Rychard Carrington reports on Patti Smith – The Junction, 23 Oct 2007

Artist Visiting Cambridgeshire
Was this the best concert I've ever attended?

Rather rashly, I would say ‘yes'.

Certainly in terms of the ratio of my appreciation of the performance to my appreciation of the performer's recorded oeuvre, only Iggy Pop comes close. Having listened to Smith's records again back home, they now seem to cry out for the immediacy of live performance, for the in-the-moment human-to-human communication, to fully realise their tortured, supremely humane passion.

‘This is dedicated to the monks of Myanmar, formerly known as Burma. And if you think it's strange to dedicate this song to monks, the reason is because I love them.' There follows Because the Night, seemingly just (just?) a song about amorous pleasure. And if you think that too intense a way for a singer to introduce her only Top 20 hit, please leave.

This gig was ******* intense. Brilliantly, supremely intense, a stunning artistic realisation of the vulnerable, abused, defiant elation whose pulse gives life meaning and emotional potency. And yet it was an ordinary intensity. For Patti Smith intensity is an everyday mode. She is relaxed with it, she jokes with it. The whole essence of the performance is communication through empathy. She compels the audience to relate, to identify. A few wallies commented ‘she's obviously high'. Were they really so ignorant, or just scared?

Smith is often associated with punk. In fact she does rightly belong within the New York CBGBs New Wave of the 1970s, alongside, especially, Talking Heads and Television. But that scene boasted great craftsmanship, pertinent poetry - very far from the crude energy of London punk. Smith has far more in common with Bob Dylan than with the boorish Sex Pistols. In common with Dylan, her primary affinity is with beat poetry's relocation of humanism and romanticism into a modern urban bohemian gutter. Tonight, in fact, she proudly pays her dues: to rock and roll in revitalising, reintensifying cover versions of Are You Experienced?, Smells Like Teen Spirit, Gimme Shelter and Perfect Day (‘I thought I was someone else / someone good'); and to a much older, broader heritage of literary pursuit and intellectual study. She revelled in expressing delight at having had tea in the Fellows Room at Kings College, under a portrait of Rupert Brooke. The irony of this honour being decreed to a ‘Rock'n'Roll Nigger' (the title of her definitive anthemic union of beat poetry and rock sensibilities), was savoured, but sincere appreciation of heritage was greater. (At school, she informed us, she was thoroughly versed in Shelley, but failed a crucial test because of her difficulties with trigonometry. She persisted at maths at a higher level, however; although she was better at appreciating its inherent beauty than at getting the sums right. A further academic rejection on this count lead her to CBGBs.) After tea, Patti had also sought out the graveyard in All Souls Lane, where Ludwig Wittgenstein, James George Frazer and other intellectual luminaries are buried. How many other visiting rockers make that pilgrimage?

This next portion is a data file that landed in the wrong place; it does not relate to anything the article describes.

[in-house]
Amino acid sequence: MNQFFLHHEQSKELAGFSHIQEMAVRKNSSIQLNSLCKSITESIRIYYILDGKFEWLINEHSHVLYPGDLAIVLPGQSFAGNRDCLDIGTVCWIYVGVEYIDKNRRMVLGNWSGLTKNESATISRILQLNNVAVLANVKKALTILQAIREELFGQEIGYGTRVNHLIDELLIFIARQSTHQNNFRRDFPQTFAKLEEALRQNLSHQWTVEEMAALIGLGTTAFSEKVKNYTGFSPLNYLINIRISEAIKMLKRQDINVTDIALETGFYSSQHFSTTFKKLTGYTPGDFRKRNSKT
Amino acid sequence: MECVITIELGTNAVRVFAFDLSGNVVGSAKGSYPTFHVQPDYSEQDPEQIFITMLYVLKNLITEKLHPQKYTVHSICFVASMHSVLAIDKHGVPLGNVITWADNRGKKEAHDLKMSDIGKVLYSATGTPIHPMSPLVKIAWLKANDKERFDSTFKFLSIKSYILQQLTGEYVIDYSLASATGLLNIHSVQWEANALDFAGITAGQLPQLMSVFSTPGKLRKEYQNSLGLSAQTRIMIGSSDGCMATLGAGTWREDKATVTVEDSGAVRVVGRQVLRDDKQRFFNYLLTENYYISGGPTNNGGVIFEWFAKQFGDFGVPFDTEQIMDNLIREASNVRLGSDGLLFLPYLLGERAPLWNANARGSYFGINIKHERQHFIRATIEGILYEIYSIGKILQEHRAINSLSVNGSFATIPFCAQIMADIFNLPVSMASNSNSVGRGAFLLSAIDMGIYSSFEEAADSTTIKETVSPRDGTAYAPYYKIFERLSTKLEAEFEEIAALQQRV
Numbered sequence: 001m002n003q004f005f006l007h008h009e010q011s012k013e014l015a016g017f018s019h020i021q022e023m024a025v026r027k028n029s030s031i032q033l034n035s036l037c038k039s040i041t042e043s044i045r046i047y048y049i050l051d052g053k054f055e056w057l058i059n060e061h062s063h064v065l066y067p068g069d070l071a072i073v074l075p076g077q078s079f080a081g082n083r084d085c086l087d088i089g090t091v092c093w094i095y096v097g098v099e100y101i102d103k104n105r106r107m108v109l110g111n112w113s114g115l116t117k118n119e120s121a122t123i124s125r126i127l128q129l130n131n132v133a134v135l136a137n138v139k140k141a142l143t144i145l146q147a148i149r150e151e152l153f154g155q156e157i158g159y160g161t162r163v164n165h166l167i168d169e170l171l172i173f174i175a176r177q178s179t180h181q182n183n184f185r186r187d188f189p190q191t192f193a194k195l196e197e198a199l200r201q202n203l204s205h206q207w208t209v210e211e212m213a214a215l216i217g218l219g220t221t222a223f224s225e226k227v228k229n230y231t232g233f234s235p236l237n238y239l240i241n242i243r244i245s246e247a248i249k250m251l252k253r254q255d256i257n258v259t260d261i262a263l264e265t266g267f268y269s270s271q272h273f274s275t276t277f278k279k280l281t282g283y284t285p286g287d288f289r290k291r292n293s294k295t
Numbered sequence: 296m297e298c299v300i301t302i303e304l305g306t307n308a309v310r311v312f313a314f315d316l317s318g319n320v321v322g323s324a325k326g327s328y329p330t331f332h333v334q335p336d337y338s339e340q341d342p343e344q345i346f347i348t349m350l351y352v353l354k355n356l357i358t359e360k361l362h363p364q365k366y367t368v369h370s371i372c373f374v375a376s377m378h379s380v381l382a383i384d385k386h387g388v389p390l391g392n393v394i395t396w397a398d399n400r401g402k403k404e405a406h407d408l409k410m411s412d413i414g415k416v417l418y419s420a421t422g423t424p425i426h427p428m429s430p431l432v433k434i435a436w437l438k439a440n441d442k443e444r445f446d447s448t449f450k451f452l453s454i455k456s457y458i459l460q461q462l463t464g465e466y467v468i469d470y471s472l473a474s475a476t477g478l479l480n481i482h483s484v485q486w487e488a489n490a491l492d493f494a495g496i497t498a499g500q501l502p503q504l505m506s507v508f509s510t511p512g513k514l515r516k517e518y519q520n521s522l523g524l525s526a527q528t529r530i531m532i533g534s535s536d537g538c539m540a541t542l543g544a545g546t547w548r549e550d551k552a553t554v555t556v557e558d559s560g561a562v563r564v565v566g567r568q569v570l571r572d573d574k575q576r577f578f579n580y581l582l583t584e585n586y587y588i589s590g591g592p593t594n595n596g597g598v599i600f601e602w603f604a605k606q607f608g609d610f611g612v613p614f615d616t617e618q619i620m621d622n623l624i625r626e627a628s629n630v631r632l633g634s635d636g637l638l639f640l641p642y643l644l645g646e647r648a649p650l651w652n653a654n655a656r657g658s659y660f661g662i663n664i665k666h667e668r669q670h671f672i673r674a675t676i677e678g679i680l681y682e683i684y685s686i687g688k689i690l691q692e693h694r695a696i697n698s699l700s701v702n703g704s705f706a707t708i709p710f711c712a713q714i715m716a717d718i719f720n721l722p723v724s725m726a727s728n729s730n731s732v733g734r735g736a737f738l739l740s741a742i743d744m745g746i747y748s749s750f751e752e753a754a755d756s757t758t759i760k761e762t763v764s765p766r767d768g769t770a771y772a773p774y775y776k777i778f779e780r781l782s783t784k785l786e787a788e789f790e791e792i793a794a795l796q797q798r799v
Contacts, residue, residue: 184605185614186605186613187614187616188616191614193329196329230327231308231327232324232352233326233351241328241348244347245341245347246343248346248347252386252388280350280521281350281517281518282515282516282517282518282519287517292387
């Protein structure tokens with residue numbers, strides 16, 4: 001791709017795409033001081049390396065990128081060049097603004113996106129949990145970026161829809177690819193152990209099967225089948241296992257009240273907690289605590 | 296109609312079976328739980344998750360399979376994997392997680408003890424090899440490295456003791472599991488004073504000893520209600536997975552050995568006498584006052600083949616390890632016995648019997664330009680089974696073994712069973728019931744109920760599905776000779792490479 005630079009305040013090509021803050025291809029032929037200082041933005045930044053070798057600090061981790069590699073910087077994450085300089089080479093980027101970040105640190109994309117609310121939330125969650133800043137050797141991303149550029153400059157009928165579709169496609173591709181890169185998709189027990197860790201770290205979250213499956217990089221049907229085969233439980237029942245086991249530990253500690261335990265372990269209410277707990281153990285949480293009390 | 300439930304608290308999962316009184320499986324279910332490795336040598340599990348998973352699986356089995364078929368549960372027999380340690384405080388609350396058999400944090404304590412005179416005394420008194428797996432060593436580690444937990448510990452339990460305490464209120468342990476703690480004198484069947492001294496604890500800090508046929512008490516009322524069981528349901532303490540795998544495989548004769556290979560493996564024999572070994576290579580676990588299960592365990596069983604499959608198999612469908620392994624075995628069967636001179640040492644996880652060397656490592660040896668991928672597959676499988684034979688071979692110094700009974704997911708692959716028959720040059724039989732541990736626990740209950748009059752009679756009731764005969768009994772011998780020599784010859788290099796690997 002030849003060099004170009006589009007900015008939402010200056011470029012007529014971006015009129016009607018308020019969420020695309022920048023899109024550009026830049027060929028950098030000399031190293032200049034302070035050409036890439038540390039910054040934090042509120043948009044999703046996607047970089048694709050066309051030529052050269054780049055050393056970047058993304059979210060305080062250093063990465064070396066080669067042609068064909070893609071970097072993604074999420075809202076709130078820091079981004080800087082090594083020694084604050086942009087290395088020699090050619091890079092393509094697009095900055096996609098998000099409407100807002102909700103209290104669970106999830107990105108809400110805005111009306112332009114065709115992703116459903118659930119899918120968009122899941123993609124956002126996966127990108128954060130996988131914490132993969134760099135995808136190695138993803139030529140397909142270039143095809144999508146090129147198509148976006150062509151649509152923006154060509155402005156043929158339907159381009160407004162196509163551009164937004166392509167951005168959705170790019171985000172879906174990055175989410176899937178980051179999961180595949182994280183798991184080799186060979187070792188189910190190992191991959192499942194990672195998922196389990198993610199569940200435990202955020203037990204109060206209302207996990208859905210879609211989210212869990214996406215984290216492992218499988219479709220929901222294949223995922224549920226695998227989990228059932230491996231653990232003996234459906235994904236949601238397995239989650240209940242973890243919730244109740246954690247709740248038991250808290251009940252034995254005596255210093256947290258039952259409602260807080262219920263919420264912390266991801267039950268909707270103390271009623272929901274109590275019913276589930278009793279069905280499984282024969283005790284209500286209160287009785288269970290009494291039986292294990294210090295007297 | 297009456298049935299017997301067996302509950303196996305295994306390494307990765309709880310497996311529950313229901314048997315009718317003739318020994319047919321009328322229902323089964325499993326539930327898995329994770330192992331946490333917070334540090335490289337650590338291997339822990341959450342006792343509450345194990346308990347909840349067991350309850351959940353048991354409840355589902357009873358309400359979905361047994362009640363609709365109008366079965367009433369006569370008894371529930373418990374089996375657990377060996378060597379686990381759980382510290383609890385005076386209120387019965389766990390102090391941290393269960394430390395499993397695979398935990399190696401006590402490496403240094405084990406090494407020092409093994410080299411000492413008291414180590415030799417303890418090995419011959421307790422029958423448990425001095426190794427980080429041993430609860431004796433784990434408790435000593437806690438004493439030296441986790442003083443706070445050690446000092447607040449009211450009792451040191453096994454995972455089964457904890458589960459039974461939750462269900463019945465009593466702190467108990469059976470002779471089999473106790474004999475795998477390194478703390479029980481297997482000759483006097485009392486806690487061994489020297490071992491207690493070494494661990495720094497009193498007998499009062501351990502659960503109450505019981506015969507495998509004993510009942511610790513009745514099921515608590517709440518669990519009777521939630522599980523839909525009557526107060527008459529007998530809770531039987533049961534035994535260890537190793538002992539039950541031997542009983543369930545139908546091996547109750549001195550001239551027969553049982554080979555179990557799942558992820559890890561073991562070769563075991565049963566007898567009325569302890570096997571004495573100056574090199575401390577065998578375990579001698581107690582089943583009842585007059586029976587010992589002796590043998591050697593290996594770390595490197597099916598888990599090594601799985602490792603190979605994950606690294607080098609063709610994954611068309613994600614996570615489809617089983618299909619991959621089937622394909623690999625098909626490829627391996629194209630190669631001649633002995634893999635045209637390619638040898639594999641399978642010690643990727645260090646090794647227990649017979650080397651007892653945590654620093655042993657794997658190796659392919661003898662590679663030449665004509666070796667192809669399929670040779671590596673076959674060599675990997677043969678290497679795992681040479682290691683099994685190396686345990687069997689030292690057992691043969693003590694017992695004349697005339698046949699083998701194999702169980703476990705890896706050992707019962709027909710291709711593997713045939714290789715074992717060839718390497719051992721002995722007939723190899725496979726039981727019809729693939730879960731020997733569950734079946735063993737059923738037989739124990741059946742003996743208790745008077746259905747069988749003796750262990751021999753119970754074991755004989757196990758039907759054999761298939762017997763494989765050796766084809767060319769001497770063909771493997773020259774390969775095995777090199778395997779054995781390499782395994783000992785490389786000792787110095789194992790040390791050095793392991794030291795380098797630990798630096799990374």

If sheer presence was the most crucial facet, the wit, pertinence and spontaneity of her inter-song commentary was second equal with the taut strength of the musical performance. Her long-established band work superbly together. It was particularly a treat to see lead guitarist Lenny Kaye, himself a legend amongst cognoscenti as a critic and champion of 60s garage rock, a rich legacy epitomised by The Seeds' Pushin' Too Hard, which Lenny led the band in tonight, while Patti jumped into the audience.

Patti Smith was wearing a t-shirt with the word ‘love' written on it. Tonight she ignited the true meaning of this most common subject of song, as the essence of vitality, sensitivity, celebration and struggle. She declared us to be the spiritual people at war; at war with the corporate and, by implication, with everything not affirming of love. Art can't get more powerful, more essential than that, I think.

Writer: Rychard Carrington